The measures detailed in a joint statement included what amounted to an extremely rare public apology from North Korea, which 'expressed regret' over mine blasts this month that maimed two South Korean soldiers on border patrol.
In response, the South agreed to halt loudspeaker propaganda broadcasts into North Korea which it had resumed after a break of more than a decade in retaliation for the mine blasts. The loudspeakers will be switched off midday tomorrow, at which time the North will lift a 'semi war state' declared last week by leader Kim Jong Un.
The two also agreed to work towards a resumption next month of reunions for families separated by the 1950-53 Korean War, and to hold official talks in either Seoul or Pyongyang at a date to be decided.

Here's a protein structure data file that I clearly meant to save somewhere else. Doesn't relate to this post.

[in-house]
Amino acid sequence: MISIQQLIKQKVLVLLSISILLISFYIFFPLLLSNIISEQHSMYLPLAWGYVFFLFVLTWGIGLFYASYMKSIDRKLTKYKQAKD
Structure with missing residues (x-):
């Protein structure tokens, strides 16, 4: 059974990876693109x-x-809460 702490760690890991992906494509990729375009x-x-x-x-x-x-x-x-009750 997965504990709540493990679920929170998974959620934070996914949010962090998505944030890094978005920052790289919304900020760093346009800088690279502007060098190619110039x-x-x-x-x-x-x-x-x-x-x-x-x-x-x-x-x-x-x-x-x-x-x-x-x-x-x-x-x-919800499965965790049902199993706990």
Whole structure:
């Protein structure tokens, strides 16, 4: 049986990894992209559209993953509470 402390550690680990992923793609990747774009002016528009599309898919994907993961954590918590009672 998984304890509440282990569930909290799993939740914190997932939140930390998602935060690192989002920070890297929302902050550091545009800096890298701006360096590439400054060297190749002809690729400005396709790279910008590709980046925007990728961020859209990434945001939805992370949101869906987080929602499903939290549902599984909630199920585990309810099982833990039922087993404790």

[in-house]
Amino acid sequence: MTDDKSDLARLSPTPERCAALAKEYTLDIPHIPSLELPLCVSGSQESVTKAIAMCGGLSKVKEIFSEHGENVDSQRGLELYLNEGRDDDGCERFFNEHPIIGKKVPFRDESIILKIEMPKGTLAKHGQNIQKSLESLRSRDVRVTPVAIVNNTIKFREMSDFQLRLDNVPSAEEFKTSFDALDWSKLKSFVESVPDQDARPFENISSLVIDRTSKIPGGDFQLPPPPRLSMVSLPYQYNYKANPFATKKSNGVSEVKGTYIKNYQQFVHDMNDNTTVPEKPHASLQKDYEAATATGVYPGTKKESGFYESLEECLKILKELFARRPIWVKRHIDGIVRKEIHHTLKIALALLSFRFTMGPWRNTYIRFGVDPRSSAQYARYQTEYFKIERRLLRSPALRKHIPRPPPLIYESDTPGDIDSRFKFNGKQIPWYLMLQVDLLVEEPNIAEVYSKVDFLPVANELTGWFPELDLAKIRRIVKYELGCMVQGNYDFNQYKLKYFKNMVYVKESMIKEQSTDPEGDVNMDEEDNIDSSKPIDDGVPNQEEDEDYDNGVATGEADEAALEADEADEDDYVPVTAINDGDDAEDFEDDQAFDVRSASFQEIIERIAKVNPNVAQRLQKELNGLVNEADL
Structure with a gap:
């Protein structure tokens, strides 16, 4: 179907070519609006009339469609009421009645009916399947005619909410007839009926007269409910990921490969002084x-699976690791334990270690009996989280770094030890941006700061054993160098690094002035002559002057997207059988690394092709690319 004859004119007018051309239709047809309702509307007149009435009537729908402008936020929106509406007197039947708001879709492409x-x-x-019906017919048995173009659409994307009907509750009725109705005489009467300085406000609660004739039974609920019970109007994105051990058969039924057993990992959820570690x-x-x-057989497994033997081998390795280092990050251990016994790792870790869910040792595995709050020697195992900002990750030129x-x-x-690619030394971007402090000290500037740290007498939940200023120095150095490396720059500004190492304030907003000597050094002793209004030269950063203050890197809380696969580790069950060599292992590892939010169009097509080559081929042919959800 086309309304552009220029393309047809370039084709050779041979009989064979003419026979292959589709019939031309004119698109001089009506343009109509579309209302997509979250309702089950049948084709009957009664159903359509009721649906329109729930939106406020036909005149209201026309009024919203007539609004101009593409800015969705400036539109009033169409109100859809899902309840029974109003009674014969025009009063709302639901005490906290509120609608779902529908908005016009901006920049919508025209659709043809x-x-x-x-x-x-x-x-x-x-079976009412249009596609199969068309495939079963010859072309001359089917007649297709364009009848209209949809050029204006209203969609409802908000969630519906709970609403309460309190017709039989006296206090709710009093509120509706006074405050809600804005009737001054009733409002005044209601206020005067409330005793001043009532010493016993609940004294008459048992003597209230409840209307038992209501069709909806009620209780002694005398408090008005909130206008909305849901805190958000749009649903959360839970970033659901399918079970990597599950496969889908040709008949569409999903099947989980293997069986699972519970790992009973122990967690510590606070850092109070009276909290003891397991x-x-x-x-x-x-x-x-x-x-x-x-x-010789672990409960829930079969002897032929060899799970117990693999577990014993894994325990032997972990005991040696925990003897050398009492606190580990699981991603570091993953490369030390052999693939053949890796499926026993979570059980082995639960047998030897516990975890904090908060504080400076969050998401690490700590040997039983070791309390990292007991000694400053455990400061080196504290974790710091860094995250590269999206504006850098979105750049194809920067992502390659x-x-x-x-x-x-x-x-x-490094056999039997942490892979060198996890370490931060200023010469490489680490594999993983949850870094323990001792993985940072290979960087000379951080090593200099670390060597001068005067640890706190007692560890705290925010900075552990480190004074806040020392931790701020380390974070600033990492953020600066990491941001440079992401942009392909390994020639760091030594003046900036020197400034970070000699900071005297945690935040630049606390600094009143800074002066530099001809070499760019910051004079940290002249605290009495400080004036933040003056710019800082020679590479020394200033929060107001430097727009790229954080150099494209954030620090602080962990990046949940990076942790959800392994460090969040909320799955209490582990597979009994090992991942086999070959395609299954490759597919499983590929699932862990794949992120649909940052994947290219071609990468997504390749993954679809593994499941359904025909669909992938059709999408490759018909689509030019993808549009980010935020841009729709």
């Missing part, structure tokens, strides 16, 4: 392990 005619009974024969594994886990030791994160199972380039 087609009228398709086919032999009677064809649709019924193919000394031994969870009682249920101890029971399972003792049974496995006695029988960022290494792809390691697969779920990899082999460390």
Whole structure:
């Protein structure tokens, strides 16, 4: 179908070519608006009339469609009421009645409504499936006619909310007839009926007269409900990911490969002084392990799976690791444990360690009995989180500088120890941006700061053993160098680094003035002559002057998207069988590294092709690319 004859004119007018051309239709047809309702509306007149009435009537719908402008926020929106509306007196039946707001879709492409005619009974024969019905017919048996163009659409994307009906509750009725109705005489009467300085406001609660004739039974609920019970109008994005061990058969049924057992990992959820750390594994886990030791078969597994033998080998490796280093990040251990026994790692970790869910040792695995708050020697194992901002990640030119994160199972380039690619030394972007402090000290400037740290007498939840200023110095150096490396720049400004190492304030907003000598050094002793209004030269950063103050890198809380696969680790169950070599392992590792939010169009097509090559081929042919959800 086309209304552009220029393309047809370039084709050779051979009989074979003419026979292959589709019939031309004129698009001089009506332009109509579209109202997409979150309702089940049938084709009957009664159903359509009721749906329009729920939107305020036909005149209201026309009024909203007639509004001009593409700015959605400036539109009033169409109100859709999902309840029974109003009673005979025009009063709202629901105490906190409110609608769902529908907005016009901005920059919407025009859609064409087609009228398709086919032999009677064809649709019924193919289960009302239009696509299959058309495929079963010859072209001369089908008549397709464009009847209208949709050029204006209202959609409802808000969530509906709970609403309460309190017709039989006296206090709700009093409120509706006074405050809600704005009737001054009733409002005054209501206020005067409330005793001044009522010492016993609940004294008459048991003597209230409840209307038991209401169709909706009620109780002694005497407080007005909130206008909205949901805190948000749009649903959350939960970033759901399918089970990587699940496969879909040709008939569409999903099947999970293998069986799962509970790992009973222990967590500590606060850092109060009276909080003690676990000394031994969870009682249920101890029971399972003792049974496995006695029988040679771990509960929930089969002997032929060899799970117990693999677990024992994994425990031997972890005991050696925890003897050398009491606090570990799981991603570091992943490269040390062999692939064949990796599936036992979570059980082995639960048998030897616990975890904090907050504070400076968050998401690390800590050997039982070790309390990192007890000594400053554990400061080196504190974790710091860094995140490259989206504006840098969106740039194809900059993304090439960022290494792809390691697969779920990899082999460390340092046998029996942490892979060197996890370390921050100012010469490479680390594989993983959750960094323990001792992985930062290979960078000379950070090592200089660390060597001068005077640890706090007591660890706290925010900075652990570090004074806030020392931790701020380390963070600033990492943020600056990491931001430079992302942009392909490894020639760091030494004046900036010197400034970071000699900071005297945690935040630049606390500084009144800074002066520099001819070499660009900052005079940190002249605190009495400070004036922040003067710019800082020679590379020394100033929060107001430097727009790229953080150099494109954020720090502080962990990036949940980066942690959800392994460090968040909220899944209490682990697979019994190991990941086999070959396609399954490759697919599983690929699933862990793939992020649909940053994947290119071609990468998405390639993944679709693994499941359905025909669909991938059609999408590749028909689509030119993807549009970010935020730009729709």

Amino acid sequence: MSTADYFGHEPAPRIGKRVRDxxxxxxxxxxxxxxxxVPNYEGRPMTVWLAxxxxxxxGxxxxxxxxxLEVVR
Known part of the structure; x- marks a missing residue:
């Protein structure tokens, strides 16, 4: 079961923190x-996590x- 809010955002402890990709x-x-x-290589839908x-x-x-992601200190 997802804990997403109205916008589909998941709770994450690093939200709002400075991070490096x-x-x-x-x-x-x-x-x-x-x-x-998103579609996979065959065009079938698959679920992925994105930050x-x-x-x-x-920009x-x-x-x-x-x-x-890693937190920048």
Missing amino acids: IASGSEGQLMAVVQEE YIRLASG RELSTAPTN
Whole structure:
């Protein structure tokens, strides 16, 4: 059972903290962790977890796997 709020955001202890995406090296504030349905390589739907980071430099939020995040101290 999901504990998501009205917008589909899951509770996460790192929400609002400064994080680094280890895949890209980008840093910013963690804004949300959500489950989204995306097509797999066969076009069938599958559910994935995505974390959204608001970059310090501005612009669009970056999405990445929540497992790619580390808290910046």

The agreement, which appeared to cover all the major areas of contention, came after days and nights of grueling negotiations which began early Saturday evening in the border truce village of Panmunjom.
Tensions continued to rise as the discussions were taking place, with South Korean and US jets flying simulated bombing runs, and North Korea reportedly deploying two thirds of its 70-vessel submarine fleet

Kim said the agreed measures would not only settle the current crisis, but also provide a 'new momentum' for inter Korean relations in the future. The Panmunjom talks between Kim and his North Korean counterpart Hwang Pyong-So a close confidant of leader Kim Jong Un were the highest level inter Korean talks for nearly a year.


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